The best type of flooring for a modern office
Carpet, vinyl, laminate, hardwood, rubber or even ceramic tiles – when deciding on the best flooring for a modern office, style preference is often the deciding factor, but we look at some of the key considerations that may help sway the final decision.
1. Traffic levels and service life - Setting the right standard!
It isn’t just footfall you need to consider but also the required life expectancy of the flooring. Class 31, 32, 33, etc., refers to a general classification system used for flooring made of carpet, vinyl, laminate, parquet, ceramic tiles, etc. This standard requires that the flooring product will last at least 10 years without presenting problems, if used in a designated room type. However, the floor must have been installed according to the instructions and used and maintained as prescribed for this to apply. Class 32 means that the floors can be used for moderate commercial use, while Class 33 is for heavy commercial use.
2. Ease of repair and maintenance
Carpet Tiles are a good choice, the ability to swap tiles around. They often use dyes and patterns that minimise the visual effects of spillages, and many come with stain resistant properties. Vinyl flooring either LVT or sheet have a number of advantages as well. This has seen a greater surge then the trajectory it was previously on now hygiene is at the forefront of everyone’s mind. If you are interested in the debate of vinyl versus carpet tiles read this article.
3. Ease and Cost of Installation
It is worth considering installation time when looking at budget, certain flooring types are quicker to install, but that can be easily offset by considerations around maintenance and life-time cost.
4. Benefits sought
i. Carpet Tiles / Carpet - Noise insulation and warmth
Carpet – is an obvious choice for noise insulation and warmth, and if sustainability and ease of repair are a factor, carpet tile is usually more sustainable than broadloom.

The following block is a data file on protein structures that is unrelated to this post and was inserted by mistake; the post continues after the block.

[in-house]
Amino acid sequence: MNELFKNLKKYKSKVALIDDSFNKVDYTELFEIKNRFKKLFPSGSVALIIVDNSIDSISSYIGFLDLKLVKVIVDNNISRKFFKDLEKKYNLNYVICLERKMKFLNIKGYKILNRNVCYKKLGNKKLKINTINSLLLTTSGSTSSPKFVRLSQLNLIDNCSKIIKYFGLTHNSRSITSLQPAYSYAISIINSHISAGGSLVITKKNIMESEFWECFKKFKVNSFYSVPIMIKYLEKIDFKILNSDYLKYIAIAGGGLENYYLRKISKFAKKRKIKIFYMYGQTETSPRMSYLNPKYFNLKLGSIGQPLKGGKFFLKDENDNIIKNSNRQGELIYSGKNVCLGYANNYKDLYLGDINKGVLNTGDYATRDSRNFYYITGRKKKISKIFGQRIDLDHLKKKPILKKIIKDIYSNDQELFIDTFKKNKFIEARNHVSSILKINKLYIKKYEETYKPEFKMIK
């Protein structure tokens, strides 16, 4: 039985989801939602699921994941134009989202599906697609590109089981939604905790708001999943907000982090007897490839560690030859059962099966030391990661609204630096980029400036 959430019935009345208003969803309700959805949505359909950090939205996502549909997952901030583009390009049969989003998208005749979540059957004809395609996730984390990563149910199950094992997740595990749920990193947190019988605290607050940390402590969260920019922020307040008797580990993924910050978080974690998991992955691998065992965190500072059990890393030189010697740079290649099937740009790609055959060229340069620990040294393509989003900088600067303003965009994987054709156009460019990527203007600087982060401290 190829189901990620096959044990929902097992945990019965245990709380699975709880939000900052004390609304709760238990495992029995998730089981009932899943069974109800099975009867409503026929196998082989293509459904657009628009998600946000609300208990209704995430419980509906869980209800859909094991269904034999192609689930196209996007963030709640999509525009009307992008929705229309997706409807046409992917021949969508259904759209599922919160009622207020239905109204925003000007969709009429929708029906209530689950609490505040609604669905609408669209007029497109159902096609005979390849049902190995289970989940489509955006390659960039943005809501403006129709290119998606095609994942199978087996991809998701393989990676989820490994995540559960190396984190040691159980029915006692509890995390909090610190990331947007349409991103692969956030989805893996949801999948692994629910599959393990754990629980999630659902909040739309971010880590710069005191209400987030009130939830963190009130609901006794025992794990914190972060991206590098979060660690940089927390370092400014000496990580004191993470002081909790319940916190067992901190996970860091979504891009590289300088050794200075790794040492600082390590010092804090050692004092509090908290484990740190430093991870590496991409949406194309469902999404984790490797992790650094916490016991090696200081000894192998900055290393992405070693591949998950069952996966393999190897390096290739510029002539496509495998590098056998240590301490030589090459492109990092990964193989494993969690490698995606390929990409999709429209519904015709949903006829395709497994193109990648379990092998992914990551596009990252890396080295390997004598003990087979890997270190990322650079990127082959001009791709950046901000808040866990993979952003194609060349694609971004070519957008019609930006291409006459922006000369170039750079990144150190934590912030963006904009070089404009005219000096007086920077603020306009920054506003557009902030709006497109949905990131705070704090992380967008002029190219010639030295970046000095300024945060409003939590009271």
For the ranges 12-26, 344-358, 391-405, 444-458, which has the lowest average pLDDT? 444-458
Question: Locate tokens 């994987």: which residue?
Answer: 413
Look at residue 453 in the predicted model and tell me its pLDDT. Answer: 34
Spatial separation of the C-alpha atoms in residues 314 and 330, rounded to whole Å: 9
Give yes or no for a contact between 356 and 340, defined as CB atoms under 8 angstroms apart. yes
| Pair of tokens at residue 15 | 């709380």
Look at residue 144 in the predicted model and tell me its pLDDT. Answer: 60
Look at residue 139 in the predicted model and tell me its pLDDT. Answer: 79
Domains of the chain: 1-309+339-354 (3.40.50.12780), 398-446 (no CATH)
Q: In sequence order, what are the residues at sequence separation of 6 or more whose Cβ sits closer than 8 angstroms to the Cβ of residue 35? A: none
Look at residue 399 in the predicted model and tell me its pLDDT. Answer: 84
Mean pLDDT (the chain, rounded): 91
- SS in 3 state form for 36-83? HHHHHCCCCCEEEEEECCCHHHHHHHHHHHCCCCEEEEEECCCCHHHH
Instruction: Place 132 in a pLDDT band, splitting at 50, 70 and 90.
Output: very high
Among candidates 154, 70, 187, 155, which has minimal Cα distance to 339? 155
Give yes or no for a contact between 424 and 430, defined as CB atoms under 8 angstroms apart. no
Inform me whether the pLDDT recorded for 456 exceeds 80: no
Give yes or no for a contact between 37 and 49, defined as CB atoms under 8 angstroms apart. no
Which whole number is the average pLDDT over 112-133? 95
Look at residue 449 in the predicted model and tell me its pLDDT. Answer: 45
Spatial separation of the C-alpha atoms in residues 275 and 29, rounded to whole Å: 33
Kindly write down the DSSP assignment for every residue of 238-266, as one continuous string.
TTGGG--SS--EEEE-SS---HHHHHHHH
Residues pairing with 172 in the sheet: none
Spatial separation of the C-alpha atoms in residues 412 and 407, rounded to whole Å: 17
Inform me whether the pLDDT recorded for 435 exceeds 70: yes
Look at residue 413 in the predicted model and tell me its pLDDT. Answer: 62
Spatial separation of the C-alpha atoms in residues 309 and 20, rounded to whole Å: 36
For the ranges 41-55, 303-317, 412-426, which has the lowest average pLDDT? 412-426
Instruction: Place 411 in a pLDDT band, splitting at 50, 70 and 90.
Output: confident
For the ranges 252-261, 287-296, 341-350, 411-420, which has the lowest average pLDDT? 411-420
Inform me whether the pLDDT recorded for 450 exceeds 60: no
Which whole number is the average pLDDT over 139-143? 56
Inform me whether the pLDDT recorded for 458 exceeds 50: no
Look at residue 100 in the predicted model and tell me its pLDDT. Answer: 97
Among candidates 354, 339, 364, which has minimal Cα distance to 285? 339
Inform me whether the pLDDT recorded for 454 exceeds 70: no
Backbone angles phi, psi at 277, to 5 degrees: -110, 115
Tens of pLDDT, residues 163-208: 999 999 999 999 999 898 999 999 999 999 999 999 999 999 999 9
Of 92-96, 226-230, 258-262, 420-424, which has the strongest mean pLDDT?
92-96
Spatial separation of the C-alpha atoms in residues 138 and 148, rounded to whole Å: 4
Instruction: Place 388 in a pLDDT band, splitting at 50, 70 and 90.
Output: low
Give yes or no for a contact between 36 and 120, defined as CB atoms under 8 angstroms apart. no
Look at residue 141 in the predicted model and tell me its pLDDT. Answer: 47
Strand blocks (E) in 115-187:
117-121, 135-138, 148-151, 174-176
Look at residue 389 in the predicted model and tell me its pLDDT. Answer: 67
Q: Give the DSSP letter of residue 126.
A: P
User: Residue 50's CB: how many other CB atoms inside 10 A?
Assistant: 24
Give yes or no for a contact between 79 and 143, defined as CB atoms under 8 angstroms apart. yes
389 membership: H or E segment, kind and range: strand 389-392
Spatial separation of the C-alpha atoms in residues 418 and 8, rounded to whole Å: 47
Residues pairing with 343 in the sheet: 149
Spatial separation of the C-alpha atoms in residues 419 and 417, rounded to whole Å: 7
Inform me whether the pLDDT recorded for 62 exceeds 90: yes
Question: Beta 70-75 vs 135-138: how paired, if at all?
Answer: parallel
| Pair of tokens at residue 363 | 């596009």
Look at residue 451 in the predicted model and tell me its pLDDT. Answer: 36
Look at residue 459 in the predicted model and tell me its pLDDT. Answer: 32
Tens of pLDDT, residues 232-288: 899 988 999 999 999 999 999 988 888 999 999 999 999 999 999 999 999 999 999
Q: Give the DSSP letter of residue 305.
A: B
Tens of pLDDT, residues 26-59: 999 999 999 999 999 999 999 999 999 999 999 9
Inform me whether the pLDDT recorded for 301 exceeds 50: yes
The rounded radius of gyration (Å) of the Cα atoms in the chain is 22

ii. Vinyl flooring - Hardwearing / damage resistant
Vinyl is perfect for office premises with high foot fall, as it is resistant to damage from heels or scratches or from furniture being moved around the floor.
iii. Rubber flooring - Safety and sound
Rubber flooring is slip-resistant, easy to walk on, and sound absorbent but is also the perfect solution for wet environments or when resistance to heat is required.
iv. Hardwood flooring - Natural beauty
Hardwood flooring can give an office a stylish, executive feel. It’s very durable although it can be damaged by water. It is also worth noting it can be slippery if over polished.
v. Laminate - A good price alternative to stone or hardwood
Available in many different varieties of hardwood and stone effects and can still give an office a very natural looking appearance. Vinyl flooring is all synthetic, so it can go anywhere, whereas laminate is made from wood by-products bonded with resins. Limited moisture resistance dictates selective areas where laminate flooring may or may not be installed.
vi. Ceramic tiles - The cooler approach
Ideal in a particularly warm building as they tend to lack the warming qualities of vinyl, rubber and carpeting but have the advantage of ensuring the floor stays cool, especially in the summer. Also easy to maintain and a good option where water damage may be an issue.
Hopefully this is helpful - contact us for further assistance - and see our extensive range